Police found the Facebook murder suspect dead in his car in the city of Erie after a chase with Pennsylvania State Police Tuesday.

State Police said Steve Stephens died from a self-inflicted gunshot wound inside his vehicle near Roger Young Park and the former Burton School at Buffalo Road and Downing Avenue around 11:15 a.m.

It started when an police received a tip about a white Ford Fusion in the drive-through at the Harborcreek McDonald's on Buffalo Road. Stephens was driving a vehicle with the same description and temporary license plates, Cleveland police said Sunday.

Troopers initiated a pursuit, which proceeded west on Buffalo Road through Wesleyville toward the City of Erie, according to a news release. Wesleyville Police joined the pursuit.

Stephens stopped the car about one mile from the start of the pursuit. When troopers stopped and got out of their patrol vehicle, Stephens took off west on Buffalo Road, State Police said.

The pursuit continued about another mile until troopers performed a maneuver to stop the vehicle in the City of Erie near Downing Avenue, according to troopers. It brought the vehicle to a stop, but Stephens used a handgun to take his own life at that time, investigators said.

Police blocked off the area with crime scene tape late Tuesday morning. The car was towed from the scene later in the afternoon.

Investigators are executing search warrants on the vehicle and its contents.

State Police said they cannot determine if Stephens had been in the Erie but are continuing to investigate why the suspect came to the area and cooperate with Cleveland Police. This comes after several reports surfaced early Monday that a cell phone ping placed Stephens in the Erie area.

"Although this was not the ideal outcome, we are pleased no one from the community was harmed, including members of law enforcement," State Police said Tuesday afternoon. It also extended condolences the family of the man police say Stephens killed on the video posted to Facebook.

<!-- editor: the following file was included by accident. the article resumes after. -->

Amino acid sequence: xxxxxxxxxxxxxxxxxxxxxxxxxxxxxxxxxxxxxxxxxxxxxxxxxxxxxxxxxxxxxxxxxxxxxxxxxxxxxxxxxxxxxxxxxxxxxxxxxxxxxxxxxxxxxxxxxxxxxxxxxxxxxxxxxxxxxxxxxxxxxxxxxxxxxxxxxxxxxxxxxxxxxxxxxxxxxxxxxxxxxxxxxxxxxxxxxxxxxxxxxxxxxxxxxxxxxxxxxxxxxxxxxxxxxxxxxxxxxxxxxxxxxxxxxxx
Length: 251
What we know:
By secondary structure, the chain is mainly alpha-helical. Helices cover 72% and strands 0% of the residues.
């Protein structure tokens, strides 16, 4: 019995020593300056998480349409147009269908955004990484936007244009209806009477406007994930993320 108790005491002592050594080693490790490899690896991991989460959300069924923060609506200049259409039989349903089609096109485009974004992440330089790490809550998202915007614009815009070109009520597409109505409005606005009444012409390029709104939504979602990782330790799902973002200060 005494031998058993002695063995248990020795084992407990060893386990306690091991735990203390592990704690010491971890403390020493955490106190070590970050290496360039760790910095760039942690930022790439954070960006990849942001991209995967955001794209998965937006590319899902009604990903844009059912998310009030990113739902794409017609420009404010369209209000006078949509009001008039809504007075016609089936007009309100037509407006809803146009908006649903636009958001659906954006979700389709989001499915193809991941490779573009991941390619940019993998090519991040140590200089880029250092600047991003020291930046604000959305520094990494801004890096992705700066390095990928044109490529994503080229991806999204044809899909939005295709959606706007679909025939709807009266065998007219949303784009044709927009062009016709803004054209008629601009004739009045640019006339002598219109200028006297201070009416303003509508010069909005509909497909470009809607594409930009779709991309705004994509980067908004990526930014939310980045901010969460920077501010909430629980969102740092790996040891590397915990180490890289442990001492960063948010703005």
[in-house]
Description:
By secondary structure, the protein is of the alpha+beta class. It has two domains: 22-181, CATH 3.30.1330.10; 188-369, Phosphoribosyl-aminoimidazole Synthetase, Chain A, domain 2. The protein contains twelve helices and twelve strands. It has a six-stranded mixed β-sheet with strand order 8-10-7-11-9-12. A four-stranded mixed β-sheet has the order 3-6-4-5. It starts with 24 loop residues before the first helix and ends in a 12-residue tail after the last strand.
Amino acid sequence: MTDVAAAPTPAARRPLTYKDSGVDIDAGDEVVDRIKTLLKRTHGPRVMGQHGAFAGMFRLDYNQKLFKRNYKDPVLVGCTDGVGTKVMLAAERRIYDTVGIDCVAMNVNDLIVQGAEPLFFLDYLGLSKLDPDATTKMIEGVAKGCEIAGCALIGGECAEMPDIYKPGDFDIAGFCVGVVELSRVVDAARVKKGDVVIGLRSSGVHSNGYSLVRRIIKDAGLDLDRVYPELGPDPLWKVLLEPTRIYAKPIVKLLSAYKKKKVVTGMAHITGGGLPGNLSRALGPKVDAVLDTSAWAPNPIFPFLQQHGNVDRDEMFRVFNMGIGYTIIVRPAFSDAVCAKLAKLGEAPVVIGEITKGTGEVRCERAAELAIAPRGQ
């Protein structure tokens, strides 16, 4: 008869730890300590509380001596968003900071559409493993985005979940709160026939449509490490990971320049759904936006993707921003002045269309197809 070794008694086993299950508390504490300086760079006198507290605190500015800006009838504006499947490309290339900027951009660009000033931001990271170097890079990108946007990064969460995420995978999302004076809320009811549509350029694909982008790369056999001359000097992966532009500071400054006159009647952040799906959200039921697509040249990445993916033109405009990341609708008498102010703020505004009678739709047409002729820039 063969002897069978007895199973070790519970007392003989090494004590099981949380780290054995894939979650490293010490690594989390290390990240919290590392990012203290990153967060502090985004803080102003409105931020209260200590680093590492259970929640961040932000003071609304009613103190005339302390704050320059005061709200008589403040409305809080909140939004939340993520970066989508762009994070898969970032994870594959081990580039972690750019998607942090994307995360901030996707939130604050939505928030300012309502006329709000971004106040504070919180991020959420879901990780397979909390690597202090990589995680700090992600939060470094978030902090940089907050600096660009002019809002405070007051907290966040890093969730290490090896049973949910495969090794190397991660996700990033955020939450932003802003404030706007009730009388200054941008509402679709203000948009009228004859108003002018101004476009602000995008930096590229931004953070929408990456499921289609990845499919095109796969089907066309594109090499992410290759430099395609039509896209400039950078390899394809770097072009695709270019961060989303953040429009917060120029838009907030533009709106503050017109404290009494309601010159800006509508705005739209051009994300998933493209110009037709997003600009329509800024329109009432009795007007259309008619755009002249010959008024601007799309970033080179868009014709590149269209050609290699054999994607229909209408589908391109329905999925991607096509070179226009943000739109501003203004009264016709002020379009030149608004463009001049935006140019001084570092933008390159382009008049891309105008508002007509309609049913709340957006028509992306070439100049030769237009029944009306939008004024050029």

State Police also thanked the public for their diligence and their tips over the last couple of days.

"The public was instrumental in bringing this investigation to a successful conclusion," State Police said in the news release.

Pennsylvania Gov. Tom Wolf also shared a statement on the Pennsylvania State Police’s pursuit of Steve Stephens:

I am incredibly grateful to the Pennsylvania State police for their bravery and vigilance in spotting and pursuing ‘Facebook Live Killer’ Steve Stephens in Erie and acting without hesitation to keep others safe. On behalf of all Pennsylvanians and Americans, I thank these state troopers, the entire State Police and all law enforcement involved for their heroism in protecting their fellow citizens.

Stephens is suspected of killing 74-year-old Robert Godwin on Sunday in a residential area east of Cleveland, police said.

Police said Sunday night Stephens "may be out of state at this time," and called on residents in Pennsylvania, New York, Indiana and Michigan to be vigilant.

"He is considered armed and dangerous, so we want people to be careful out there," Cleveland Police Chief Calvin Williams told reporters.

The investigation and search for Stephens began Sunday after several people from outside the Cleveland area reported an alarming Facebook post, police union president Steve Loomis said

Stephens uploaded a video to his Facebook page showing a gun pointed at an unidentified man's head. The gun is fired, the man recoils and falls to the ground.

The video was posted around 2 p.m. Sunday. Facebook later disabled access to it.

"We do not allow this kind of content on Facebook. We work hard to keep a safe environment on Facebook, and are in touch with law enforcement in emergencies when there are direct threats to physical safety," a Facebook spokesperson said in a statement.

Stephens claimed on Facebook that he committed multiple homicides, but police said they have no knowledge of other victims.